• Deutsche Pfandbriefbank AG (PBB), a leading European specialist bank for commercial real estate finance, recently put out a statement saying that it further increased its risk provisioning in the fourth quarter 2023, amounting to expected -€210 million to -€215 million. It ended its release stating, “Despite these expenses, PBB remains profitable thanks to its financial strength – even in the greatest real estate crisis since the financial crisis.”
  • Swiss bank Julius Baer group invested approximately $700 million in Austria’s Signa Holdings, a large privately held real estate conglomerate (now in bankruptcy). While it put aside $81 million for eventual losses in November 2023, it ended up writing off the entire amount.  In this instance we see that losses tied to real estate do not have to be direct loans but can take the form of private debt to real estate funds and owners.

CMBS

It’s hard to get real time data on CRE loan performance since banks issue almost half of these loans and aren’t always willing to disclose performance until it is required or they feel it necessary, but banks have recently been tightening the spigot on new office CRE loans. To get a better update on CRE performance we can look at a smaller section of the market called commercial mortgage-backed securities (CMBS), which offers monthly data instead of quarterly filings by the public banks.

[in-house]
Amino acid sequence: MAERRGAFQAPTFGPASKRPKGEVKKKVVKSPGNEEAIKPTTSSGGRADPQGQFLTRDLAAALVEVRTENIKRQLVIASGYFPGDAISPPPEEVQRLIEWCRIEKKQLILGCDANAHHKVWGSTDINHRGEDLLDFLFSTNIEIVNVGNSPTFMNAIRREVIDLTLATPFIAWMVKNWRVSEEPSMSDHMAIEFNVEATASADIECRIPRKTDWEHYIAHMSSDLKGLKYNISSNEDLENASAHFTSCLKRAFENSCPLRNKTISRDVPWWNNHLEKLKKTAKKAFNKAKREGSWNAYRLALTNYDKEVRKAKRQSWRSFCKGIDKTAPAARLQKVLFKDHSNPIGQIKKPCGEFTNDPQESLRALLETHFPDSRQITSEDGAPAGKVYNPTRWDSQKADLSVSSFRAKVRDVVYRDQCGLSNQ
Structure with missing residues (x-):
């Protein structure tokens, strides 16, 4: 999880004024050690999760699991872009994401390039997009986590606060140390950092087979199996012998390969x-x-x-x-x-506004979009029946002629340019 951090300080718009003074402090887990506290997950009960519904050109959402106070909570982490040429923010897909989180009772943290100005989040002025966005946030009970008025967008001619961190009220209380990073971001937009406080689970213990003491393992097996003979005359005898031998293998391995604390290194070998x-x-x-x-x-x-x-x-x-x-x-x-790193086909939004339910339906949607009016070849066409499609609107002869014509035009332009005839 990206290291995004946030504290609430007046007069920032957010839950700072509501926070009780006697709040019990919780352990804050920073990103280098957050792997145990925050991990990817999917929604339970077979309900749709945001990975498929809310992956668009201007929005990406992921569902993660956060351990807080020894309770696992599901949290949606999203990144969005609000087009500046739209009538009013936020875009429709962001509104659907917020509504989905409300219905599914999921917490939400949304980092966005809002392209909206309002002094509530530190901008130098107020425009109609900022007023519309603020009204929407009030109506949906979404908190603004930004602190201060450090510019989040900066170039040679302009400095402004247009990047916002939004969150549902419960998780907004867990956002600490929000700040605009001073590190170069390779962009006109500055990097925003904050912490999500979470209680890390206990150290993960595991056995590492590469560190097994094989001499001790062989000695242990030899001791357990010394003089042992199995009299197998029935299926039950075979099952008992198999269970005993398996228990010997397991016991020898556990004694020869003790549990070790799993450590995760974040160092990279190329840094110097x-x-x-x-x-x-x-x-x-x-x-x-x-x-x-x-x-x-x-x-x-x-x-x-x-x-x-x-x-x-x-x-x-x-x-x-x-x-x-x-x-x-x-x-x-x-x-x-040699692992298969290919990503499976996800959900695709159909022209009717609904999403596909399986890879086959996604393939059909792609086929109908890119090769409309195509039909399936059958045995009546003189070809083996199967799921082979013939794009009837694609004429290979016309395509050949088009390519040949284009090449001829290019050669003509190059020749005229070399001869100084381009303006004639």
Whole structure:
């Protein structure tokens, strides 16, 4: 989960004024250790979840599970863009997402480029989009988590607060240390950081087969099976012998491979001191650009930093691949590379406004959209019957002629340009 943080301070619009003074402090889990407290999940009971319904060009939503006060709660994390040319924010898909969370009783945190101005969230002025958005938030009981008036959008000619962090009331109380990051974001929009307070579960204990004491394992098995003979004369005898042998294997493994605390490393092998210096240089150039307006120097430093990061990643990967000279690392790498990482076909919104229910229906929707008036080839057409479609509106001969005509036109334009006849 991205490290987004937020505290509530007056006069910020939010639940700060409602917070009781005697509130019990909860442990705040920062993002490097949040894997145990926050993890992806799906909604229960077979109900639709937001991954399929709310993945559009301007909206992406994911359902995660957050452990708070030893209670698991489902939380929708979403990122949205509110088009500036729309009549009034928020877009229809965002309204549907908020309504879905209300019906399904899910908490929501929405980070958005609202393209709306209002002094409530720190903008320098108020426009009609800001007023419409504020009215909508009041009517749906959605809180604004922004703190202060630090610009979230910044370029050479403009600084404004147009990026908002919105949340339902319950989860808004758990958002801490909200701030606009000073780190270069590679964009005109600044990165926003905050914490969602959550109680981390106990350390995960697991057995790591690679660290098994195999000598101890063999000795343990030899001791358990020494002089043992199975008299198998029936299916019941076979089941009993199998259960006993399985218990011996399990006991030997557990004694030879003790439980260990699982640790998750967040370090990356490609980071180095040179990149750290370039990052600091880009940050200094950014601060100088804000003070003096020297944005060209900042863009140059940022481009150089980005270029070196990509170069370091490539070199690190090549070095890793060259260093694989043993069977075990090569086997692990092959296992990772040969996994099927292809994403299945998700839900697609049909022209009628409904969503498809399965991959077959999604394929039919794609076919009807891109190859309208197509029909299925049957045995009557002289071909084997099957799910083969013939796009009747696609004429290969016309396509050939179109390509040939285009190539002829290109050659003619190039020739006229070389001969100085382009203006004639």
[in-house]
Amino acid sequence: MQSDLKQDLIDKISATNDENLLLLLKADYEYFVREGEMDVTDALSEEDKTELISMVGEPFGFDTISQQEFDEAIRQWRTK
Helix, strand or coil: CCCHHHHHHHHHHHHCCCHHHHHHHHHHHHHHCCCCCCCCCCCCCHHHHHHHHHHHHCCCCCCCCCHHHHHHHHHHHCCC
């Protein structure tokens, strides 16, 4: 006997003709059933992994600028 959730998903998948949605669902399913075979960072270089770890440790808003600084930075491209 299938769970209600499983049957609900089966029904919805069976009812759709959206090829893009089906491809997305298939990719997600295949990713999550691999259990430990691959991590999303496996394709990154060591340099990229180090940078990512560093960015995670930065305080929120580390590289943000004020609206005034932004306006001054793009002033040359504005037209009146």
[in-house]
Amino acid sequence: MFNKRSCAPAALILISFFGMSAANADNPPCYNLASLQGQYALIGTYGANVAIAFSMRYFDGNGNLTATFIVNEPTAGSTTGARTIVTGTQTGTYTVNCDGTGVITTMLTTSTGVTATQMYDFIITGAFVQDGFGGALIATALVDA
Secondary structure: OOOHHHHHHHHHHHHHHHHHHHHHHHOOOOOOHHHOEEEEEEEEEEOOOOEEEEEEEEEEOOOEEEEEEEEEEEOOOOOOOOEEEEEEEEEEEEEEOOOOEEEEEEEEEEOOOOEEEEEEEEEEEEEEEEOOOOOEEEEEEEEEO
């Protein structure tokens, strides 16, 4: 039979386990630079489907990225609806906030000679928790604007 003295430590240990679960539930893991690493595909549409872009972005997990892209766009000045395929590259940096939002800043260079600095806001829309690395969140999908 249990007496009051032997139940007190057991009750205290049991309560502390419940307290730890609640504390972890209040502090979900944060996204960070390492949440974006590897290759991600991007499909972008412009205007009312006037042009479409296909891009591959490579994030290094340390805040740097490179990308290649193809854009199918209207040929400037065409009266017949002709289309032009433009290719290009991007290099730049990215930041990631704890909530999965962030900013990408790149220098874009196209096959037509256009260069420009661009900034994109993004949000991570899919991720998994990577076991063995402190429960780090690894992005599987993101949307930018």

This is another area where the debt wall is a cause of concern for the market. Looking at 2023 data provided by CRED iQ, only 26% of office CMBS loans were paid off in full. Borrowers struggled to sell properties in 2023 as buyers are waiting on the sideline for prices to fall further or for ideal properties to hit the market.

In January 2024 data provided by CRED iQ, the CRE office sector is showing the most distress since October 2023 in terms of loans being delinquent or sent to special servicing. Multifamily saw a decrease in distress in the January data, but pressure is still high in that market, second only to the office market.

Source: CRED iQ

CRED iQ’s overall distress rate as displayed in the figure above aggregates the two indicators of distress – delinquency rate and special servicing rate – into an overall distressed rate. This includes any loan with a payment status of 30+ days or worse, any loan actively with the special servicer, and includes non-performing and performing loans that have failed to pay off at maturity.

The biggest takeaway from the January data released by CRED iQ is the amount of office CRE loans 30+ days delinquent or in special servicing is triple what it was a year ago and expected to rise. Even more concerning is that 200 distressed office loans in special servicing were recently reappraised at an average of 40% less than their last appraised value. Higher office vacancies and weak cash flow is showing up in these depressed property values. A silver lining according to industry professionals is that loans sent to special servicing have been going right back out into the market, in contrast to the 2008 financial crisis when they just stayed there.

Summary